Posts Tagged With: policy

Stumbling Backwards into the Future

I’m angry.

Scratch that. I’m furious.

An axe is about to crunch into the lives and careers of people whose work I value more than almost any in the world.

Australia is my home. Our society clings to the edges of a vast continent, one of sharp contrasts and harsh beauty. The wide land affords us riches, through agriculture and mining. Our very borders are defined and shaped by three mighty oceans. Water, and its scarcity, regulates life in Australia, human, plant and animal. And our atmosphere – that thin varnish that separates us from the cold vacuum of space – carries the mighty storms that sweep across the south and the drama of El Nino with its drought and fire.

Sunset Mountain

We have an almost miraculous network of publicly-accessible tools for finding and forecasting what we need to know about our weather, climate and oceans. Even with all the work that’s brought us to this point, those models and forecasts can still be spectacularly wrong. This is hard science.

That’s why I’m speechless to read that the CSIRO is cutting 300 jobs in those very scientific divisions – Oceans and Atmosphere, and Land and Water – leaving a barely-functional skeleton of staff.

The official explanation points to a shift from basic climate science toward climate adaptation and alternative research areas – cybersecurity and robotics (with our internet? Ha). The CSIRO has seen its budget slashed under the Abbott, and now Turnbull, governments, and I pity those having to make hard decisions about what gets the chop.

This smacks of a small-minded and short-sighted vision of the world, and disrespect for Australia’s trajectory into the future. Earth is the only home we have. Humanity wields more technology, more power, more population, than ever before, and we know that systems we rely on planet-wide are teetering toward collapse. We must do better, know more, and damage less. The notion that we have ‘done enough’ to understand our climate – Australia, of all countries, after Paris, of all times – is a humourless joke.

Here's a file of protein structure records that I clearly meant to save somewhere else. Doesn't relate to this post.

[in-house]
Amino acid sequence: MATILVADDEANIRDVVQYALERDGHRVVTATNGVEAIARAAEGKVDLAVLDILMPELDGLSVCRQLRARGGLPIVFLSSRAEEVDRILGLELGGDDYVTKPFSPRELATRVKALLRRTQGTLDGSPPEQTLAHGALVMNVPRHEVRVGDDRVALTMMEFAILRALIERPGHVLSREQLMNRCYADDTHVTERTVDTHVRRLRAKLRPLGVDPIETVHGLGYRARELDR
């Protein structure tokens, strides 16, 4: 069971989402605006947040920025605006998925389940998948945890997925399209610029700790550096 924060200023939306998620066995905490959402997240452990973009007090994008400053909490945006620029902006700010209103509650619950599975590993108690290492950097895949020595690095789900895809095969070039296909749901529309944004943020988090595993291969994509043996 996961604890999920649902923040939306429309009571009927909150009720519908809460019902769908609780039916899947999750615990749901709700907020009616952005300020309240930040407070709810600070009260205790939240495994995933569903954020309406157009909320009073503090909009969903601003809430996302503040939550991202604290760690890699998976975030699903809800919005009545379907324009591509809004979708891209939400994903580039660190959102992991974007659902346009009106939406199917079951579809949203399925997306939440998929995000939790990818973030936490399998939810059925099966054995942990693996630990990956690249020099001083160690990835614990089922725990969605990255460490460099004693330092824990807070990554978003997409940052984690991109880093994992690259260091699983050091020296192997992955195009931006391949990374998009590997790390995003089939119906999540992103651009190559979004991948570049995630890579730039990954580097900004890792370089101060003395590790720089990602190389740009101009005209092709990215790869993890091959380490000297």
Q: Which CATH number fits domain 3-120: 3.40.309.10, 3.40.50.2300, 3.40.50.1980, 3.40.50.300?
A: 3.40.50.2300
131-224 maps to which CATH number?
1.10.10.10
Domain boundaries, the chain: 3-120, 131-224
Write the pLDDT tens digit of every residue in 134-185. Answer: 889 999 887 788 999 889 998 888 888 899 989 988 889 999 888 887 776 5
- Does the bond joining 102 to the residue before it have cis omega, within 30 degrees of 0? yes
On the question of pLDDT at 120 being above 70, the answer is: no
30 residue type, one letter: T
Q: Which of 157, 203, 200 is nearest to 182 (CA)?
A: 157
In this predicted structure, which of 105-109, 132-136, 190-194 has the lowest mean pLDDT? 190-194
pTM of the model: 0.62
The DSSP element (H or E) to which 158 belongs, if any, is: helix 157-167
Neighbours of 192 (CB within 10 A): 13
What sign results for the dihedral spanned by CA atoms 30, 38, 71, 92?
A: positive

At an individual level, lives and livelihoods are at stake. A grim picture faces Aussie farmers, already a community under incredible strain. For a generation of aspiring scientists, hearts and minds ready to reach out to the world around them, news like this dashes their hopes, and they dejectedly apply to institutions on the other side of the planet. I cannot imagine the morale of the hard-working CSIRO experts whose jobs have been pulled from under them; the collective knowledge they’ve earned, the projects that will be abandoned, unfinished. My heart goes out to them.

Most of us walk backwards into the future – our past visible, unable to see what’s coming next. Our basic scientists are a tiny few who point their headlights outward and forward into the huge expanse of the unknown, not for profit, but to understand what is there and, perhaps, help us choose our path. These cuts dim those lights and blind our society as we hurtle into a long, dark future.

A Storm Is Coming

A gathering storm. Would you turn your back?

Categories: environmentalism, Politics, Problems, Science, Thoughts | Tags: , , , , , | 4 Comments

Grossly Deficient Politics: why we must create heaven

A genuine and unshakeable commitment to improving the lot of their constituents. Compassion for the underprivileged. Informed and interested in the developments in healthcare. Capable of making, and justifying, difficult ethical, financial, social and developmental decisions.

Voters who consider the needs of others, not just themselves, when they go to the polling booth. Voters who take the time to look at the policy proposals of different representatives, and more importantly, are willing to hold their personal representatives to account. Voters with a keen outlook for their future.